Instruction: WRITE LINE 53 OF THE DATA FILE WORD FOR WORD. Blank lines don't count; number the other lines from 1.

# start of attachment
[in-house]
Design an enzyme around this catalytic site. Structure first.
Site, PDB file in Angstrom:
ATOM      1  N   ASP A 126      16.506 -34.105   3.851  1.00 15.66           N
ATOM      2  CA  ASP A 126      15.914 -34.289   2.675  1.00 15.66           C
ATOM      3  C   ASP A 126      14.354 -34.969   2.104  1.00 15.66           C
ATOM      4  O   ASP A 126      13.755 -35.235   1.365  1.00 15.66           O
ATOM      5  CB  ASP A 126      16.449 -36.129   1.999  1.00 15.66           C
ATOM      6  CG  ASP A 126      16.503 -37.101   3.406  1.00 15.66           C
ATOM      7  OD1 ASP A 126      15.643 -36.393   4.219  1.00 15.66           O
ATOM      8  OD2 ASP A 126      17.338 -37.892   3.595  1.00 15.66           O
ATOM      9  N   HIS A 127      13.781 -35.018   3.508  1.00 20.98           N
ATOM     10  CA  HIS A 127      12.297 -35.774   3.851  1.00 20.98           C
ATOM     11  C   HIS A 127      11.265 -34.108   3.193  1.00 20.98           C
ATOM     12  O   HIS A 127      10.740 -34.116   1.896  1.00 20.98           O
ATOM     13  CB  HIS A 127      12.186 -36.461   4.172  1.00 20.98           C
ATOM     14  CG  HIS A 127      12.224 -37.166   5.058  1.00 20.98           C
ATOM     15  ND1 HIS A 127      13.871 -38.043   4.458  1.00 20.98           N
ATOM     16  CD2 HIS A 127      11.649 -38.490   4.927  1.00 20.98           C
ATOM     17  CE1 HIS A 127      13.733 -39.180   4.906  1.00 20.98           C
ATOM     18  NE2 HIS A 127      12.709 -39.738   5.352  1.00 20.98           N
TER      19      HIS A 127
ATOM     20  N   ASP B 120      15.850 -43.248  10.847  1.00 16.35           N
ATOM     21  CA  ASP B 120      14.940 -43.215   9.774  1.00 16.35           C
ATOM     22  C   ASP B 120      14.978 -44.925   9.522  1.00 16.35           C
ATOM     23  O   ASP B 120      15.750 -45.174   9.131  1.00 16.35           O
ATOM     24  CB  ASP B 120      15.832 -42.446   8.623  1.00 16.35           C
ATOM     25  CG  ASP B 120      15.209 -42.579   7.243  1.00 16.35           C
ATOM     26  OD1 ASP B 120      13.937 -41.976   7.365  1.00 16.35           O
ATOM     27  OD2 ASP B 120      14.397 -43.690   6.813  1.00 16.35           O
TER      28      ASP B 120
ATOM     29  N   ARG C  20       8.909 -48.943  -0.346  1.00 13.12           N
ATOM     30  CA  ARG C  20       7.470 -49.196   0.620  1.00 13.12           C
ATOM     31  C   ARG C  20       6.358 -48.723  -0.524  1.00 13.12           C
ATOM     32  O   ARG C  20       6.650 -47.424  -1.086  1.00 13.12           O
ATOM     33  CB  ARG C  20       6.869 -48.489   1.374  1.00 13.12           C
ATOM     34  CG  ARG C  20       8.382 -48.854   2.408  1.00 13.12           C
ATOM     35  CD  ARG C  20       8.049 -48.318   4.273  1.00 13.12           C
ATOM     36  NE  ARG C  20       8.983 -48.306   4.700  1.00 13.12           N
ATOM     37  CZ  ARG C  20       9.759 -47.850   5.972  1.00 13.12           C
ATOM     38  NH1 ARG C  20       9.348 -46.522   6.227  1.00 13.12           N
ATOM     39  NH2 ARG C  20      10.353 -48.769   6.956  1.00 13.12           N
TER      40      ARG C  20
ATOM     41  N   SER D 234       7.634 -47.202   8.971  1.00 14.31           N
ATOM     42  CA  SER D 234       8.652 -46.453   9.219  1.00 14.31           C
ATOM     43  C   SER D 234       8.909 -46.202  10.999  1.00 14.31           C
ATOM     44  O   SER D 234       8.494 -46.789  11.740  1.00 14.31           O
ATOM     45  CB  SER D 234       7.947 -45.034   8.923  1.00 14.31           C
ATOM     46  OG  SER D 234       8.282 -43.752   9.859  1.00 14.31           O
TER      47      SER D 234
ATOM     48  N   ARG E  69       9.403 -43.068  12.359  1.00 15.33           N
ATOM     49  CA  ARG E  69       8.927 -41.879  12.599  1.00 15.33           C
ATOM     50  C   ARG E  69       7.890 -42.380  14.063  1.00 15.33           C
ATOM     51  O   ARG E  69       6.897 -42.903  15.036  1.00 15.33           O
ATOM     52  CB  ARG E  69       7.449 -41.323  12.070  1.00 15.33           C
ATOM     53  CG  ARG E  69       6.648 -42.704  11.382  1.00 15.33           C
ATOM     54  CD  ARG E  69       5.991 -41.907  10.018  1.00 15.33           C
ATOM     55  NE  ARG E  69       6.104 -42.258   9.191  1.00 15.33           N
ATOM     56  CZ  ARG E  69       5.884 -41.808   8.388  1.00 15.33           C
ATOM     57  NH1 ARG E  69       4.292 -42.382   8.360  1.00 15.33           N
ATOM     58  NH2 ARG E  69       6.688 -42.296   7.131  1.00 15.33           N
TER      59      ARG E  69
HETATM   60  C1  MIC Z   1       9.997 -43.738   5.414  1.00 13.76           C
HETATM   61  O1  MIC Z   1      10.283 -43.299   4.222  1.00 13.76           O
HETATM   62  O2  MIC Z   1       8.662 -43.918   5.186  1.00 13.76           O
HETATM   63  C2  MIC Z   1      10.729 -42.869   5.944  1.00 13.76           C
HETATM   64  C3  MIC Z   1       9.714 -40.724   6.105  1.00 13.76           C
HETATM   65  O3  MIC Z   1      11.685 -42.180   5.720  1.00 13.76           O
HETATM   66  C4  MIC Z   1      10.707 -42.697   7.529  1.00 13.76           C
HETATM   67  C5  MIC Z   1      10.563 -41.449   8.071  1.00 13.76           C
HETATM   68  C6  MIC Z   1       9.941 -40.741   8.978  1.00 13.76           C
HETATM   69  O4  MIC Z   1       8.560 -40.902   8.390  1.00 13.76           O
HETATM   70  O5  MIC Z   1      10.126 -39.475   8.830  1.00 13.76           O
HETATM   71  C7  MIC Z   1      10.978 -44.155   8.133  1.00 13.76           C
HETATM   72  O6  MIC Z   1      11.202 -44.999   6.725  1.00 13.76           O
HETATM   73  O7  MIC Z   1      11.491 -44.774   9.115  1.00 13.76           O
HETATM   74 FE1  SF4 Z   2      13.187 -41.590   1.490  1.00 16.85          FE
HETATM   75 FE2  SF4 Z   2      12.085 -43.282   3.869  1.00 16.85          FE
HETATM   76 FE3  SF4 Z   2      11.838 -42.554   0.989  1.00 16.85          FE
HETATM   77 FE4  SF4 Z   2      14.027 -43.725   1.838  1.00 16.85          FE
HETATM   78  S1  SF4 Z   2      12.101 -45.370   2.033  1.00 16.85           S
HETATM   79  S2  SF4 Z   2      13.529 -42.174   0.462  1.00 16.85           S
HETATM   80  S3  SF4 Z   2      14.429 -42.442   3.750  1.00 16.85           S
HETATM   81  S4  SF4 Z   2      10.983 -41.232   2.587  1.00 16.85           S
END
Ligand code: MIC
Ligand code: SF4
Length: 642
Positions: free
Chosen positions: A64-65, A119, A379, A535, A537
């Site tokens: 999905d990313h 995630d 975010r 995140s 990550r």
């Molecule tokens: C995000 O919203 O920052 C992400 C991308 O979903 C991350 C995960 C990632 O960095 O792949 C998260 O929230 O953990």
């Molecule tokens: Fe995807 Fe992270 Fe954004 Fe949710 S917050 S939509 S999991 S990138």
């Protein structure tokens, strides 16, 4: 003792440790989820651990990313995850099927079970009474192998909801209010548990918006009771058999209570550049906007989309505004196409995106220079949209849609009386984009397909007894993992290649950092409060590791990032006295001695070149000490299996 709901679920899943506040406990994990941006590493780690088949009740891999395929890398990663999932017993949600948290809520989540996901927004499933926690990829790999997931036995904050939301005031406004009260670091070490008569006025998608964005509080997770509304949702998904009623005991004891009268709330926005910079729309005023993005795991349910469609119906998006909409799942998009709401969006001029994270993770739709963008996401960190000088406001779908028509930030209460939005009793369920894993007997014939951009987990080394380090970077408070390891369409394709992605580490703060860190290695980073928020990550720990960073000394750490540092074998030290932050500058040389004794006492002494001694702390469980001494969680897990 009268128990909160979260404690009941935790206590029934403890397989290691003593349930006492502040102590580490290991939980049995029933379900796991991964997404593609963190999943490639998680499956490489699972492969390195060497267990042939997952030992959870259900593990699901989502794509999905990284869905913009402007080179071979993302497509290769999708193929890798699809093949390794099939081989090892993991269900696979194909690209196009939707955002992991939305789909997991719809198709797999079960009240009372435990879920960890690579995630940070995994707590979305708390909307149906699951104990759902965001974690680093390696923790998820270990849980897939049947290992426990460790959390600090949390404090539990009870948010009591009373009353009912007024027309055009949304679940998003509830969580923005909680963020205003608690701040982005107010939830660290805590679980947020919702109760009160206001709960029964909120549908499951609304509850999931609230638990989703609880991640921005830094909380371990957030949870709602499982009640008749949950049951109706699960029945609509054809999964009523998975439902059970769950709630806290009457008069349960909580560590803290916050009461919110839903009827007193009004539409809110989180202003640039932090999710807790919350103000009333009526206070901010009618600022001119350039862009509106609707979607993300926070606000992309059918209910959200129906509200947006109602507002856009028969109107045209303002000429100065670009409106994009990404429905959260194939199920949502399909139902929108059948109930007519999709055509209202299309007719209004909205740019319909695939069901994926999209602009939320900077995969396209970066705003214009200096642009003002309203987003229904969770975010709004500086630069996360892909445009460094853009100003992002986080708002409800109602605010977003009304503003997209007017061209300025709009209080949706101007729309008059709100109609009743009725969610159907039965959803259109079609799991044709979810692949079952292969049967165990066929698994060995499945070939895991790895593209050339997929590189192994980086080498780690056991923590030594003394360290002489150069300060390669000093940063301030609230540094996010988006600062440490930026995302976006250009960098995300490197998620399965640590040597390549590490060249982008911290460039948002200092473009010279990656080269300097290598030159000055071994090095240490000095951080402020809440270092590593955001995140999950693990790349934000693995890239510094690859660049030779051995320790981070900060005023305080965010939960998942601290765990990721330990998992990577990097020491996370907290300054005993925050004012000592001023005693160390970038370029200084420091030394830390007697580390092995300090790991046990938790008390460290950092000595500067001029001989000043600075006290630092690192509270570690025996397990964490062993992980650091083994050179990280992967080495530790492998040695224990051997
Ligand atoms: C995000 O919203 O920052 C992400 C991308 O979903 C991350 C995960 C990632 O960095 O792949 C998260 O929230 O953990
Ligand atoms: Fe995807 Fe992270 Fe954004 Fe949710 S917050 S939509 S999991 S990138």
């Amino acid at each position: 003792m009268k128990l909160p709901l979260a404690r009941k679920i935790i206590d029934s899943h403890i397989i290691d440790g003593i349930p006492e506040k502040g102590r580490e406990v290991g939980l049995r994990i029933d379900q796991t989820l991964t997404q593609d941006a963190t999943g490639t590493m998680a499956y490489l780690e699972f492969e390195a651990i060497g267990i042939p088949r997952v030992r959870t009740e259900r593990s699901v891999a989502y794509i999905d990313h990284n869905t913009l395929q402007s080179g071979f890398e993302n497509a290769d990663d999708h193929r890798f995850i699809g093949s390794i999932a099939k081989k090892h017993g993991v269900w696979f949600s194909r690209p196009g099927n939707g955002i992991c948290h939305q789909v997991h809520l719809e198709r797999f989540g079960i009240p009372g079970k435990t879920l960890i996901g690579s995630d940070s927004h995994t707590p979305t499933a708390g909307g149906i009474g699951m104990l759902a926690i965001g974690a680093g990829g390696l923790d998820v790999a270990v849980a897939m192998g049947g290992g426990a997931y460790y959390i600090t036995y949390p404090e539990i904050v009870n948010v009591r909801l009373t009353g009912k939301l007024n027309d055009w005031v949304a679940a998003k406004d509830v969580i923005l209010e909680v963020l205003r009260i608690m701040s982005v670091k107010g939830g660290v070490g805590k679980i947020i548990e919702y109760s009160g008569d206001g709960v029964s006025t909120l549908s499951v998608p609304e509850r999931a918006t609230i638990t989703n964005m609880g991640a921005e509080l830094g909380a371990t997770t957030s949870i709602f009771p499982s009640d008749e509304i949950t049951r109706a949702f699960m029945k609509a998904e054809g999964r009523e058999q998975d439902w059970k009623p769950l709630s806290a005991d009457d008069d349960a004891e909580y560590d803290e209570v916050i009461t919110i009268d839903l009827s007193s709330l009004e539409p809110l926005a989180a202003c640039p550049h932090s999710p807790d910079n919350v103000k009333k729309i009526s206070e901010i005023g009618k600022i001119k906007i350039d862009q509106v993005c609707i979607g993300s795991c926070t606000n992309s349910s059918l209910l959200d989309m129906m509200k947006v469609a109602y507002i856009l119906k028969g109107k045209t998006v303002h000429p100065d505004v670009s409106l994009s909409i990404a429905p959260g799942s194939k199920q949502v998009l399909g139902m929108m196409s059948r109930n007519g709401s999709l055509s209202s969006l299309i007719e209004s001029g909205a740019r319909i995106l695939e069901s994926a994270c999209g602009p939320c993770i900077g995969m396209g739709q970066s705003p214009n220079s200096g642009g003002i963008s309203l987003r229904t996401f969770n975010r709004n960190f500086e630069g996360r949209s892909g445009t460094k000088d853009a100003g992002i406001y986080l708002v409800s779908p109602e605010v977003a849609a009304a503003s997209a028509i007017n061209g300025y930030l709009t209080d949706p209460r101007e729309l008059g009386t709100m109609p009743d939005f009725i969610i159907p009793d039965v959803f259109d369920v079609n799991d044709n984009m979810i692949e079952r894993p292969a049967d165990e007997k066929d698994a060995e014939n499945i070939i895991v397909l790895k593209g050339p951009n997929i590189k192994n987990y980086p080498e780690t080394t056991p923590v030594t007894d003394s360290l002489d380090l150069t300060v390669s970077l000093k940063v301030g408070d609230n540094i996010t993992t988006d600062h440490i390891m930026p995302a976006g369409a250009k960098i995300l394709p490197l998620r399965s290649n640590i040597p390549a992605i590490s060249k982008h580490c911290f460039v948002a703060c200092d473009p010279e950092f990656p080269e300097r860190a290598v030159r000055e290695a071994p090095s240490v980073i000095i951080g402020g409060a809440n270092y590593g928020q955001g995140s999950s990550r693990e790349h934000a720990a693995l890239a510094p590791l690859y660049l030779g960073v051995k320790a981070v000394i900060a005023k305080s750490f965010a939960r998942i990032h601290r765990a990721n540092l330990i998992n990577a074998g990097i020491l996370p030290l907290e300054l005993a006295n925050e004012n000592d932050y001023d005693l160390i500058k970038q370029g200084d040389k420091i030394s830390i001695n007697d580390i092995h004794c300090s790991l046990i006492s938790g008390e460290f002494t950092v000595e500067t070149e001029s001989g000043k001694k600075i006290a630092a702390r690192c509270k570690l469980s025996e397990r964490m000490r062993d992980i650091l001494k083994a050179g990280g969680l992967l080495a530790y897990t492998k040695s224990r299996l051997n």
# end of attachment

ATOM     50  C   ARG E  69       7.890 -42.380  14.063  1.00 15.33           C